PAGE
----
I am finishing up my third year of my program. And I feel like I’ve done nothing and am going nowhere. When I started grad school, I had my heart set on becoming a professor at a top-tier university such as the one I’m at. However, since I’ve entered my program, I’ve become disenchanted with academia and the tenure track. This has led to a great uncertainty surrounding my future career and what I would do with my Ph.D.
I have found this uncertainty paralyzing. As a young child, I always wanted to be a teacher. So, with teaching no longer exciting me, I have no concrete career goals and I’ve begun to question everything: why am I in grad school, why am I studying biochemistry, what am I going to do with my life? This shift in my interests (not to mention the bleak outlook on Ph.D. job prospects) has made me interested in industry jobs as well as alternative academic and post-academic careers. However, it is additionally paralyzing to have so many options outside the ivory tower of academia. This has made it difficult to focus on persisting through my Ph.D.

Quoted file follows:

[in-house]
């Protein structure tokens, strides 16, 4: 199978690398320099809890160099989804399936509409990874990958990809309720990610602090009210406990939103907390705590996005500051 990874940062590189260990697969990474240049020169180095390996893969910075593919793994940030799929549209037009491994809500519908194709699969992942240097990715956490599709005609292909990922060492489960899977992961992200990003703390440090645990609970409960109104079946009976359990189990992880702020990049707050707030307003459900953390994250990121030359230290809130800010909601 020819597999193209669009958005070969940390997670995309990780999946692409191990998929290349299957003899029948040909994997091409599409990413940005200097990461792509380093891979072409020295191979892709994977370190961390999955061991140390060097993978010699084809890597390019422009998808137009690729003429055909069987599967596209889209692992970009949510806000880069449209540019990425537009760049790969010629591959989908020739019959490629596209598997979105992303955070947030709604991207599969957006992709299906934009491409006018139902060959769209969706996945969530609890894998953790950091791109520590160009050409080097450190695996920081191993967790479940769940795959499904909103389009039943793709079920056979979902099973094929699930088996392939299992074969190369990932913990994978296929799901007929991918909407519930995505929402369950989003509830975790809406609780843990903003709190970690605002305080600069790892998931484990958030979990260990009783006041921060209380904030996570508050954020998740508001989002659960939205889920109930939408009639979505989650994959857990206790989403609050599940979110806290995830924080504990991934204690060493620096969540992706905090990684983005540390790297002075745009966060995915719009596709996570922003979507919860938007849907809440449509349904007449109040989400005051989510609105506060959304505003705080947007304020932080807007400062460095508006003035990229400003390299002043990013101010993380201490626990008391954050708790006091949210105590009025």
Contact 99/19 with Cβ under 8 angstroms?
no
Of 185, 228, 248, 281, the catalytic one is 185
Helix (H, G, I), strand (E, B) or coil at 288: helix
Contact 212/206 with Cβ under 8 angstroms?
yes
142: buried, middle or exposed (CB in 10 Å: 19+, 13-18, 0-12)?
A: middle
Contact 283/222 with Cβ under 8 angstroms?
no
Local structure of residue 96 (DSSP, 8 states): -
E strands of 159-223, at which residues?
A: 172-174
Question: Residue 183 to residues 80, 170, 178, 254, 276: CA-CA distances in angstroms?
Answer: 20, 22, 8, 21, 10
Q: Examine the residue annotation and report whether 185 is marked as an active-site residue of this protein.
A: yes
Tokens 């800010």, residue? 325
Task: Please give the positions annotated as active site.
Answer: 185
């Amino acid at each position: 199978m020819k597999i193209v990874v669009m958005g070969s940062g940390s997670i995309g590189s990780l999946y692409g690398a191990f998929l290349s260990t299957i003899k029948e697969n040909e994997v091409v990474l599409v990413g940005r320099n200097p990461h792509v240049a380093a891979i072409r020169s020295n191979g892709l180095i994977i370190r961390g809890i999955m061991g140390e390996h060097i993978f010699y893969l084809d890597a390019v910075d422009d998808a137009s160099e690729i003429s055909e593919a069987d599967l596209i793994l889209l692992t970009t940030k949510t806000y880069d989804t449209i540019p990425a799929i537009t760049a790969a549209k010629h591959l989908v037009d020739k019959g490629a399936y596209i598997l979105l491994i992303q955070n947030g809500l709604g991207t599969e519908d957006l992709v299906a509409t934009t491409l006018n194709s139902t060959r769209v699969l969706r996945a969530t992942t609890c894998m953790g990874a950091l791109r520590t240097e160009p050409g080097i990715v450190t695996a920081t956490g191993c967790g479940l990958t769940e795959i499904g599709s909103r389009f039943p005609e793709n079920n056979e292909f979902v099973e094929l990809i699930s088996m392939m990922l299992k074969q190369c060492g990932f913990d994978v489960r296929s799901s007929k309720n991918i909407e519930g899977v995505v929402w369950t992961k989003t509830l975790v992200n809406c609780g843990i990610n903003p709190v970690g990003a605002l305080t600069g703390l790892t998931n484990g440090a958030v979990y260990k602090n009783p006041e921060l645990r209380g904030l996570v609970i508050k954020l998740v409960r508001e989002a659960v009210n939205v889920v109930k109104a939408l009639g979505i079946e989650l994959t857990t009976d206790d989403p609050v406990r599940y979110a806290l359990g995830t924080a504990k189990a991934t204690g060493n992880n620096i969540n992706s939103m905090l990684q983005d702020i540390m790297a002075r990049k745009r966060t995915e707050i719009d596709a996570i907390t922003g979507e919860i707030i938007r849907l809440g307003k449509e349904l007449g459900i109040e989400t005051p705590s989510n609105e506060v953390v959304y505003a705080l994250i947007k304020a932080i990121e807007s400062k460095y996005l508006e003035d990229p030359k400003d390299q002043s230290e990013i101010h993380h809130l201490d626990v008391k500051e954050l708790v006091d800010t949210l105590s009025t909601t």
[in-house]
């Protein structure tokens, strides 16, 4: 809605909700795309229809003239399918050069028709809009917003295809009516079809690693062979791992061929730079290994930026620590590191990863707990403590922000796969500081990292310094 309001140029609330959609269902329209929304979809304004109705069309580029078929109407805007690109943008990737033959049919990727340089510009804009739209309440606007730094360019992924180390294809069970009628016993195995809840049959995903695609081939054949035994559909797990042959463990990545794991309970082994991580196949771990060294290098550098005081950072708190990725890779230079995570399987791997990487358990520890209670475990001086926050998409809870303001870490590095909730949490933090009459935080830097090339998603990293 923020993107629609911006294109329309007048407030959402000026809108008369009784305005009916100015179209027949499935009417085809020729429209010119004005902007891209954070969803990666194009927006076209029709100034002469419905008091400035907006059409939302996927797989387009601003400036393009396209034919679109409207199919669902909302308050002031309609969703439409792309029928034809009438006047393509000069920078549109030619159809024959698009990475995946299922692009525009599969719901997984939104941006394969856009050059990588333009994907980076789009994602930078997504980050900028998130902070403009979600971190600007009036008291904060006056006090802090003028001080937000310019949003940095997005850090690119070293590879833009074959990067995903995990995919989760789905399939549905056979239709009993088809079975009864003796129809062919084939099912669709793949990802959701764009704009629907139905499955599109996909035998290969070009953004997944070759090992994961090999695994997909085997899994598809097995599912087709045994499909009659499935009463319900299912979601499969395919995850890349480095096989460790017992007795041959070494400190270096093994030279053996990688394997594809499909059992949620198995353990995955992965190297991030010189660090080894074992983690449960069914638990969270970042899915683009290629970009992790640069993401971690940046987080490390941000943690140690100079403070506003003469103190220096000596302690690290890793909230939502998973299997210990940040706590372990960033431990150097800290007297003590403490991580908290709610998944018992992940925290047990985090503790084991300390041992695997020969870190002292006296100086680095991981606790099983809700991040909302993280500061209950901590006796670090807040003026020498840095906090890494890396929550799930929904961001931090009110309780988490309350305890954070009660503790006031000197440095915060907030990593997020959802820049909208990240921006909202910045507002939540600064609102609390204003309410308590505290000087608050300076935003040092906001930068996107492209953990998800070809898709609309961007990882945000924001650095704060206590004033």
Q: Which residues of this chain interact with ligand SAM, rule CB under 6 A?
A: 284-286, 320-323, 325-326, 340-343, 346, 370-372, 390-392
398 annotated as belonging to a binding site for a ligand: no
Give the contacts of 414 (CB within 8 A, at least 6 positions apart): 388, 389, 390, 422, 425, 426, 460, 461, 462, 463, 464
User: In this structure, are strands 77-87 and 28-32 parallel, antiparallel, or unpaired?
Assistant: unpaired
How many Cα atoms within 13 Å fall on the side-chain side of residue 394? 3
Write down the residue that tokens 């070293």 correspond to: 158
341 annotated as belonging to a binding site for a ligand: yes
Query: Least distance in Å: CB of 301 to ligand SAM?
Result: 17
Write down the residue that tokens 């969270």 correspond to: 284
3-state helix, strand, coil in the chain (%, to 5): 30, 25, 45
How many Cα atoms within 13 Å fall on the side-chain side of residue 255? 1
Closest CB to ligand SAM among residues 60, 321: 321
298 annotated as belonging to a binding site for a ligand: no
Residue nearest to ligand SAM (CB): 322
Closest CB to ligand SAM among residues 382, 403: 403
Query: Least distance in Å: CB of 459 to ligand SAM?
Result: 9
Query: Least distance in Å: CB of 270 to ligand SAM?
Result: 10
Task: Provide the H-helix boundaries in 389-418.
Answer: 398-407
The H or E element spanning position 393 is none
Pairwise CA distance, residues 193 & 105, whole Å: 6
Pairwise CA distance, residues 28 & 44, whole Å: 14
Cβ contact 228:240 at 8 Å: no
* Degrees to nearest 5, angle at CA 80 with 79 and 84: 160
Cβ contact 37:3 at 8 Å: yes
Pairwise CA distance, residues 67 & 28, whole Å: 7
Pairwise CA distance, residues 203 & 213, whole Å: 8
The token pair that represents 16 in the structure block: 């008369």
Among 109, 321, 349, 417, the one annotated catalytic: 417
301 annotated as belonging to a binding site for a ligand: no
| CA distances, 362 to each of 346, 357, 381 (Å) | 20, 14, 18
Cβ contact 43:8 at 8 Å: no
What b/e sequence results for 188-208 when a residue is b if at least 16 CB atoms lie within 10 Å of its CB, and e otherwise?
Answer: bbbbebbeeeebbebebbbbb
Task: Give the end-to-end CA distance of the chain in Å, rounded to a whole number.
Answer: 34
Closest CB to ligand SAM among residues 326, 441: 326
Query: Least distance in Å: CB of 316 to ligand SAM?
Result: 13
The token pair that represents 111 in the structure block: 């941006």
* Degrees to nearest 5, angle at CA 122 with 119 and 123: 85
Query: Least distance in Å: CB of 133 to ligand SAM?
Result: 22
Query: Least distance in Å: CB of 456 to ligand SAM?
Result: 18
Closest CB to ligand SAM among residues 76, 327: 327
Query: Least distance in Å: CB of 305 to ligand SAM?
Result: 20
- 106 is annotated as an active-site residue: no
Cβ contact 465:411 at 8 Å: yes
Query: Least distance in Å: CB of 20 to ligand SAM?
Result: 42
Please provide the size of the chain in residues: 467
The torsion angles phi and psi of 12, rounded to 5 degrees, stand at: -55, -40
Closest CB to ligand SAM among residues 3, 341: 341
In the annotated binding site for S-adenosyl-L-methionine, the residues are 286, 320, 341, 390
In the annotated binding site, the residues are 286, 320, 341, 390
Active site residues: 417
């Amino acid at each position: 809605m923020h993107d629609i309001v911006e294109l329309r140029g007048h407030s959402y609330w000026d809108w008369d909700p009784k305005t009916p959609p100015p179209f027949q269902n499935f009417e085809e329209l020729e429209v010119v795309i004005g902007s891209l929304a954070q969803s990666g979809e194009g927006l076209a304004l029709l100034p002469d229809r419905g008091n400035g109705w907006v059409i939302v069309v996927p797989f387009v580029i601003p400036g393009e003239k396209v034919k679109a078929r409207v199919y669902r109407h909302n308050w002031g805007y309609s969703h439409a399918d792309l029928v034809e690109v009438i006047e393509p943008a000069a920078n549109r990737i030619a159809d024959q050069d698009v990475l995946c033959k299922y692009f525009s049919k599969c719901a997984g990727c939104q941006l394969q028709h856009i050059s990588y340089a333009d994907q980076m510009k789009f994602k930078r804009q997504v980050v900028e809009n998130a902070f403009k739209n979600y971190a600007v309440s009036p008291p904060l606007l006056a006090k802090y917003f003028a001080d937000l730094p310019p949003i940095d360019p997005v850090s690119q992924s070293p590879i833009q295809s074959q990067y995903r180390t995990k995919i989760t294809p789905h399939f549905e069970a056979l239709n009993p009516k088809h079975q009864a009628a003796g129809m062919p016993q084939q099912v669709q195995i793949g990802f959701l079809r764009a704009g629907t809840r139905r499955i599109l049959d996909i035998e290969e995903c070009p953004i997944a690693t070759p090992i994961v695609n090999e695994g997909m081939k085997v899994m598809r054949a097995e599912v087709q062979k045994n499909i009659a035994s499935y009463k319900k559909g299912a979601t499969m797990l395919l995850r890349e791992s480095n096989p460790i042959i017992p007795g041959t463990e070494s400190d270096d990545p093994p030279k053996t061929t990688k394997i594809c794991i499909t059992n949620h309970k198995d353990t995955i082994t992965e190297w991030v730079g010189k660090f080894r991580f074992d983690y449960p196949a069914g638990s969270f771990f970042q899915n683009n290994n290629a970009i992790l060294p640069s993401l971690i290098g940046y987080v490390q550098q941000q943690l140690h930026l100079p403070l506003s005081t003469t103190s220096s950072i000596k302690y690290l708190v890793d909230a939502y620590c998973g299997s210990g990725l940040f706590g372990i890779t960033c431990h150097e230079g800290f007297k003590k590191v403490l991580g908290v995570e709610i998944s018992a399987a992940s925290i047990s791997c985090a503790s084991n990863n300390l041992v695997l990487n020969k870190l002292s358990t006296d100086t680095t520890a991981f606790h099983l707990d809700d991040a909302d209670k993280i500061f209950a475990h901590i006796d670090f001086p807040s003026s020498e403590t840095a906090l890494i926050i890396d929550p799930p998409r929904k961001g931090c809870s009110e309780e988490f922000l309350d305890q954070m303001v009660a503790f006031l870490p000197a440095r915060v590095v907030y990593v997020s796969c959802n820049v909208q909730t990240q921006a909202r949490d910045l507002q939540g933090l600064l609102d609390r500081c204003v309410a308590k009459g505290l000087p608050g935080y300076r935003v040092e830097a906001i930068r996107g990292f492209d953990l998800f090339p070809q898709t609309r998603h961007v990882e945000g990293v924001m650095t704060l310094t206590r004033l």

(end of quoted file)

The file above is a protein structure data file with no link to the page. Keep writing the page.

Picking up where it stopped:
So I’ve decided that its time to take action to help me get through my crisis. Here are some things I have recently done and plan to continue to do in hopes of helping me get past this hump.
Talk about it. I’ve shared my feelings with my husband and, as always, he’s very supportive. I’ve also started to share my feelings with some of my friends in grad school with me. Hopefully, these conversations will show that I’m not alone in the way I feel.
Write about it. Hence this post! I felt that maybe getting my feelings on paper and sharing them will offer a great outlet. Plus, you might have some awesome feedback as well!